“He gave me my first gun.” Prisoners and mentoring

It is estimated that 1.7 million youth in the United States have at least one parent in prison and that millions more have a parent in jail. Research suggests that children of incarcerated parents are more prone to struggle with mental and physical health, along with difficulties in the school setting. The Center for Children of Incarcerated parents reports that children of prisoners are 5 times more likely than other children to end up in prison.While the numbers may look grim, it is always important to remember that children are resilient and with the right support system in place, many of these children will find success. Research indicates that the practice of mentoring can be positive for many children and initial results show that this is true as well for the subsection of children with incarcerated parents. The life experiences of these children may differ slightly from other children and it is important for the mentor to keep that in mind during day to day interactions with them.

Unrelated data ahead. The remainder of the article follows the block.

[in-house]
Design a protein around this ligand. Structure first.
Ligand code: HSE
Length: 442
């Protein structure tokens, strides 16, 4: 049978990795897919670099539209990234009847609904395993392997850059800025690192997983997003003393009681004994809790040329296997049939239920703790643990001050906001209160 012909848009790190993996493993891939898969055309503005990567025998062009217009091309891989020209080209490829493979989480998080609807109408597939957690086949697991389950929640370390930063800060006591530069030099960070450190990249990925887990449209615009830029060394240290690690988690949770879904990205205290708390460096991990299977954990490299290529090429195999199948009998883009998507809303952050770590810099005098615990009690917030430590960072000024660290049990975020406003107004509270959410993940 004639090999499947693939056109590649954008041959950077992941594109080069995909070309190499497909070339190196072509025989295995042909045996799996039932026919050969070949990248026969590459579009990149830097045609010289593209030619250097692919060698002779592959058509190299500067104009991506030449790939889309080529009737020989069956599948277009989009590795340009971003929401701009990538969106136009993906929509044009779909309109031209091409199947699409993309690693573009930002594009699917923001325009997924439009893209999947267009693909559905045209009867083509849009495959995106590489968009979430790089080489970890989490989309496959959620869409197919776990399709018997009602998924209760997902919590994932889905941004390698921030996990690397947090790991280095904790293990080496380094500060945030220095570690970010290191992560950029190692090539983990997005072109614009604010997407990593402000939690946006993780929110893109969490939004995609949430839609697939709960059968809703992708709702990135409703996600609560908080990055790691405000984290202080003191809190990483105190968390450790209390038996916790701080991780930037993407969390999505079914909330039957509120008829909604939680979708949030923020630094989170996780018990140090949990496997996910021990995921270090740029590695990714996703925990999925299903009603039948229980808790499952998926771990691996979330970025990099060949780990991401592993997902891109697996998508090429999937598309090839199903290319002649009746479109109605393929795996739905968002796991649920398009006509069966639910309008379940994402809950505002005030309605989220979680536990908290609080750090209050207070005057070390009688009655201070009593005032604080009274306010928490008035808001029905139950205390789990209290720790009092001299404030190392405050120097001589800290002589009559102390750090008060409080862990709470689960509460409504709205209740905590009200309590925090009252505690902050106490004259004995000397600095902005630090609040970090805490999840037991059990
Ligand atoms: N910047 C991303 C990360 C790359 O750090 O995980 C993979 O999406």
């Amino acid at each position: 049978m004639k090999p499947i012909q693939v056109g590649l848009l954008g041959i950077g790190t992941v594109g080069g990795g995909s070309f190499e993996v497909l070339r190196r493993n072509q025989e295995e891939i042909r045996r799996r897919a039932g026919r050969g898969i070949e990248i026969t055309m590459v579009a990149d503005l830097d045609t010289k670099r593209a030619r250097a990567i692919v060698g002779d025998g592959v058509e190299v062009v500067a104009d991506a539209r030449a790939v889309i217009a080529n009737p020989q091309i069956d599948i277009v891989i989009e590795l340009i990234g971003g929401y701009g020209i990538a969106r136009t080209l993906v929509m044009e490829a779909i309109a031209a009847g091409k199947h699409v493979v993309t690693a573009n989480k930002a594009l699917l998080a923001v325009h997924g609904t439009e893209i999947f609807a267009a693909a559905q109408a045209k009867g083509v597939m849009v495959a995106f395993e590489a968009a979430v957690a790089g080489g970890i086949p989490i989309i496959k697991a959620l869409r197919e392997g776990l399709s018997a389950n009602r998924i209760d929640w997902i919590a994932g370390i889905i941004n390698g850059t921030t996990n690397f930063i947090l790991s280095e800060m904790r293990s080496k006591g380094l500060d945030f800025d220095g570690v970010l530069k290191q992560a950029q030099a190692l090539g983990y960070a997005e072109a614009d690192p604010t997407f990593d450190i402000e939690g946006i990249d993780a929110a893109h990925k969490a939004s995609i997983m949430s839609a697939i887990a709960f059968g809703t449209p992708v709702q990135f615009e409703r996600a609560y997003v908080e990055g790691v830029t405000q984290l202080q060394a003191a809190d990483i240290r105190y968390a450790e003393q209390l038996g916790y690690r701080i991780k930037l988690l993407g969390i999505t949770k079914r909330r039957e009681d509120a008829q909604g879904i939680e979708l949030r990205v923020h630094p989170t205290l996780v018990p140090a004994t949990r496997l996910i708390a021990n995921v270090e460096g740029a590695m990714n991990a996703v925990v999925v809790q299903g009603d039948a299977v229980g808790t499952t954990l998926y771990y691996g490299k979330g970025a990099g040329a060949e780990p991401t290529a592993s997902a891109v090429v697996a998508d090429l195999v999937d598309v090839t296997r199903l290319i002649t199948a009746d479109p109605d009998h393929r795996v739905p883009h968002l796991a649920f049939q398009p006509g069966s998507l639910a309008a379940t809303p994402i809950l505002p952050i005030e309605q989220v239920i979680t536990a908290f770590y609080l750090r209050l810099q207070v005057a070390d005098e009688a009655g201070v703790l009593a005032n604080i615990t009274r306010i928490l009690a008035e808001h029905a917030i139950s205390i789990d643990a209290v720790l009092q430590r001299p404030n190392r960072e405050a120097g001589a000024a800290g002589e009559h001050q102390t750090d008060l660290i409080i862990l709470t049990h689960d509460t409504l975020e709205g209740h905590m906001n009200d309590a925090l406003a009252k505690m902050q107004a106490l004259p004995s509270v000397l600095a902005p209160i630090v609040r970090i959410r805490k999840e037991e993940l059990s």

LSS Mentoring Services is partnering with LSS Fatherhood and Families to present a training on children of incarcerated parents. This training will aim to provide information on the effects of children having parents in prison or jail, insight into children communicating and visiting with their parents in the South Dakota prison system, and the needs and “to do’s” for mentoring children of incarcerated parents.

The training will take place on November 13 from 12:00 to 1:00 PM at the LSS Center for Children and Youth, located at 621 East Presentation Street in Sioux Falls. Click on the session to RSVP.

Leave a Reply

Fill in your details below or click an icon to log in:

WordPress.com Logo

You are commenting using your WordPress.com account. Log Out /  Change )

Twitter picture

You are commenting using your Twitter account. Log Out /  Change )

Facebook photo

You are commenting using your Facebook account. Log Out /  Change )

Connecting to %s

This site uses Akismet to reduce spam. Learn how your comment data is processed.

%d bloggers like this: